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error: no matching function for call to Coordinate3d::Coordinate3d()'

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Hey, thanks for reading. I have this error: 'error: no matching function for call to `Coordinate3d::Coordinate3d()' Which occurs in the first line of the constructor function in the code below:
class IntDirection3d{
    Coordinate3d c;
    bool sign;

    public:
    IntDirection3d(Coordinate3d cpar, bool signpar){
        c = cpar; sign = signpar;
    }

    Coordinate3d GetCoordinate(){
        return c;
    };

    bool GetSign(){
        return sign;
    }
};
But I don't understand why the compiler requires me to define the function 'Coordinate3d::Coordinate3d()'. I don't see why it would be needed by IntDirection3d. Below is the Coordinate3d class, in which I have, on purpose, not defined the function 'Coordinate3d::Coordinate3d()'.
enum Coordinate3dValues {X,Y,Z};
class Coordinate3d{
    Coordinate3dValues value;

    public:
    Coordinate3d (Coordinate3dValues valuepar){
        value = valuepar;
    }

    Coordinate3dValues Get(){
        return value;
    }

    Coordinate3d operator=(Coordinate3d par){
        value = par.Get();
        return *this;
    }

    Coordinate3d Swap(bool forward){
        Coordinate3dValues val = (Coordinate3dValues)((value+sign(forward))%3);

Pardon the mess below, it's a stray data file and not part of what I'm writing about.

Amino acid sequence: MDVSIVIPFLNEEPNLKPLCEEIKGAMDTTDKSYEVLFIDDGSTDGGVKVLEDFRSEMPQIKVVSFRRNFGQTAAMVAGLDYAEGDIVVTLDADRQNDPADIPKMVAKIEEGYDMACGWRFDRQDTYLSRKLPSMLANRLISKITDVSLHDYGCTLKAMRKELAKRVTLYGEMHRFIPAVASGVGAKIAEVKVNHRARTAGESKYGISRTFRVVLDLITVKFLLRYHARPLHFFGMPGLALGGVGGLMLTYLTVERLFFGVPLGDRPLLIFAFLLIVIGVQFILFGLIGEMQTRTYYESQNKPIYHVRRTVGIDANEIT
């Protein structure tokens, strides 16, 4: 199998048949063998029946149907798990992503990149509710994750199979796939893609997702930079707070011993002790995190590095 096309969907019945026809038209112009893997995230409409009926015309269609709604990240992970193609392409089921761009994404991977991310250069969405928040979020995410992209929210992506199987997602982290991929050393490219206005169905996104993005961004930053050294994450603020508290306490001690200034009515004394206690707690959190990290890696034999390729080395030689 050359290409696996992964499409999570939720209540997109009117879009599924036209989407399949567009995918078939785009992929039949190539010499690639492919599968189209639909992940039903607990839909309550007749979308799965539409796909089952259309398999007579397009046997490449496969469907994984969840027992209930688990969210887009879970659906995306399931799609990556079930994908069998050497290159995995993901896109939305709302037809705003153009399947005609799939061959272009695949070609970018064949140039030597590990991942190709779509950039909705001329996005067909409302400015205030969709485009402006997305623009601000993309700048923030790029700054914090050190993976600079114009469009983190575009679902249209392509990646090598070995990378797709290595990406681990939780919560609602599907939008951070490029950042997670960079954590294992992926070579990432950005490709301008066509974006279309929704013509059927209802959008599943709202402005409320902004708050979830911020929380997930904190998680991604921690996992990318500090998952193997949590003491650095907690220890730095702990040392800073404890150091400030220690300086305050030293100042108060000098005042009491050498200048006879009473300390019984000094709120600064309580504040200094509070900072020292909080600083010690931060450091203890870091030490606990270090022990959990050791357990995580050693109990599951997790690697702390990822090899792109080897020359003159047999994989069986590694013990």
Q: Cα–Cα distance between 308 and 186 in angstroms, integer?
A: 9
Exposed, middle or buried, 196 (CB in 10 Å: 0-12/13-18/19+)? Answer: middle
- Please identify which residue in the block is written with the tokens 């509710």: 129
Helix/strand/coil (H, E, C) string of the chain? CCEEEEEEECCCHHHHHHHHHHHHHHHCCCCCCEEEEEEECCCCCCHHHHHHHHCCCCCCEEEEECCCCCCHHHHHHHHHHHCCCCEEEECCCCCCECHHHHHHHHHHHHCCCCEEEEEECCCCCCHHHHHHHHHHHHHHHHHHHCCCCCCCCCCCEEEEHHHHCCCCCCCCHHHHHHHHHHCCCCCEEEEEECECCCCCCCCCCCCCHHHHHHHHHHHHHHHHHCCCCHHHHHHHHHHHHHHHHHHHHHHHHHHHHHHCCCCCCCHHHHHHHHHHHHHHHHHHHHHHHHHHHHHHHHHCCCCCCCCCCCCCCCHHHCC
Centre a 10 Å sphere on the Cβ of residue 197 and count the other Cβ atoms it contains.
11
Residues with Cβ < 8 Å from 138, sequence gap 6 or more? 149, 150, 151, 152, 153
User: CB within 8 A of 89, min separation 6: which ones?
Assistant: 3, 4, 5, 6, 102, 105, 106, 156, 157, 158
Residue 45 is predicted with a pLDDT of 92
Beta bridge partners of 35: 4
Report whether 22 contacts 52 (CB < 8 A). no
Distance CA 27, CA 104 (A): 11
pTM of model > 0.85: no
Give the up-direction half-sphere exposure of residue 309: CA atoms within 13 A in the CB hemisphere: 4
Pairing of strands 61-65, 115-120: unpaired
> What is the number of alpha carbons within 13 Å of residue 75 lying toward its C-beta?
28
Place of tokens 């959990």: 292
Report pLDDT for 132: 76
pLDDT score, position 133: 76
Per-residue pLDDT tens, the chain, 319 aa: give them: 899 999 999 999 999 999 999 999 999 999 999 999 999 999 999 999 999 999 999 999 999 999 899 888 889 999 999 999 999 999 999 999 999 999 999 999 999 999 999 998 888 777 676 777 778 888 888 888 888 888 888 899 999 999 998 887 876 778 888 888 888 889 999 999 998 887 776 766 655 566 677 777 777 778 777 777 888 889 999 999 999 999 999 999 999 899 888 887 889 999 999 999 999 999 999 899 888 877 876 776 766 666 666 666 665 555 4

return Coordinate3dValues(val);
    }

    Coordinate3d Next(){
        return Swap(true);
    }
    Coordinate3d Previous(){
        return Swap(false);
    }

    IntDirection3d from(bool);
};

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Because you have defined other constructors, but not a default constructor, the compiler does not generate a default constructor for your coordinate class.

A default constructor is required when your InitDirect3d instance is created since it has to create the Coordinate3d member.

Initialiser lists are a solution here:


IntDirection3d(Coordinate3d cpar, bool signpar) : c(cpar),sign(signpar) {
/* c = cpar; sign = signpar; */
}


By doing an assignment as you were before in the constructor body, the compiler has to first construct a coordinate with a default constructor then assign to this instance with the assignment operator when it runs InitDirection3d's constructor body.

A type like a coordinate probably does want a default constructor though (that, say, sets its members to zero).

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